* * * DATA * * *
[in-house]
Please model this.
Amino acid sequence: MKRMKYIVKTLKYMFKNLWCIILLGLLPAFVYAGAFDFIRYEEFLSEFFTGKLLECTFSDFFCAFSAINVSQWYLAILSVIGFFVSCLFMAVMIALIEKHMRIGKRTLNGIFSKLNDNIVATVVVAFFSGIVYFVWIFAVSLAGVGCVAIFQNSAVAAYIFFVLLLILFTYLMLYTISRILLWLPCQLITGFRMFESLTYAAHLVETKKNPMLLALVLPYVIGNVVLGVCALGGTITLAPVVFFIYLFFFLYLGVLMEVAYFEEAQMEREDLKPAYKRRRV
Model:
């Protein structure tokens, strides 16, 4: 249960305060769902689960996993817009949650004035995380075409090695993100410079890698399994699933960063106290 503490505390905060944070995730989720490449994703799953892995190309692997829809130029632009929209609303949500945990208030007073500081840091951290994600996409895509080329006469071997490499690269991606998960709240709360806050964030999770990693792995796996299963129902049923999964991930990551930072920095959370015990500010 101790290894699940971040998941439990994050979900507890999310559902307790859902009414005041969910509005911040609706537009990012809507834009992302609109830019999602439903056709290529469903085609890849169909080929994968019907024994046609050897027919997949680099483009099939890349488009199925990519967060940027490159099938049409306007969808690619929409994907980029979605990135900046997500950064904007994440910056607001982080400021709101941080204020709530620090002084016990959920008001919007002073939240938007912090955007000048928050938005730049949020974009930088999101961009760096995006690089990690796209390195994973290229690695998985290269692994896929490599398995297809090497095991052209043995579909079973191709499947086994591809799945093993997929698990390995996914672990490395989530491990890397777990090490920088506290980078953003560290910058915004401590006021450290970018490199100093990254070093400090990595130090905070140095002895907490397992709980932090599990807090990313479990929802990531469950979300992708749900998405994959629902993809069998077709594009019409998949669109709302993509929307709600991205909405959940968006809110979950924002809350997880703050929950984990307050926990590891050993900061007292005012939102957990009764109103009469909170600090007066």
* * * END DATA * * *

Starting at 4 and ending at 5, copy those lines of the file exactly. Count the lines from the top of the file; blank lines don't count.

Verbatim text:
Model:
């Protein structure tokens, strides 16, 4: 249960305060769902689960996993817009949650004035995380075409090695993100410079890698399994699933960063106290 503490505390905060944070995730989720490449994703799953892995190309692997829809130029632009929209609303949500945990208030007073500081840091951290994600996409895509080329006469071997490499690269991606998960709240709360806050964030999770990693792995796996299963129902049923999964991930990551930072920095959370015990500010 101790290894699940971040998941439990994050979900507890999310559902307790859902009414005041969910509005911040609706537009990012809507834009992302609109830019999602439903056709290529469903085609890849169909080929994968019907024994046609050897027919997949680099483009099939890349488009199925990519967060940027490159099938049409306007969808690619929409994907980029979605990135900046997500950064904007994440910056607001982080400021709101941080204020709530620090002084016990959920008001919007002073939240938007912090955007000048928050938005730049949020974009930088999101961009760096995006690089990690796209390195994973290229690695998985290269692994896929490599398995297809090497095991052209043995579909079973191709499947086994591809799945093993997929698990390995996914672990490395989530491990890397777990090490920088506290980078953003560290910058915004401590006021450290970018490199100093990254070093400090990595130090905070140095002895907490397992709980932090599990807090990313479990929802990531469950979300992708749900998405994959629902993809069998077709594009019409998949669109709302993509929307709600991205909405959940968006809110979950924002809350997880703050929950984990307050926990590891050993900061007292005012939102957990009764109103009469909170600090007066």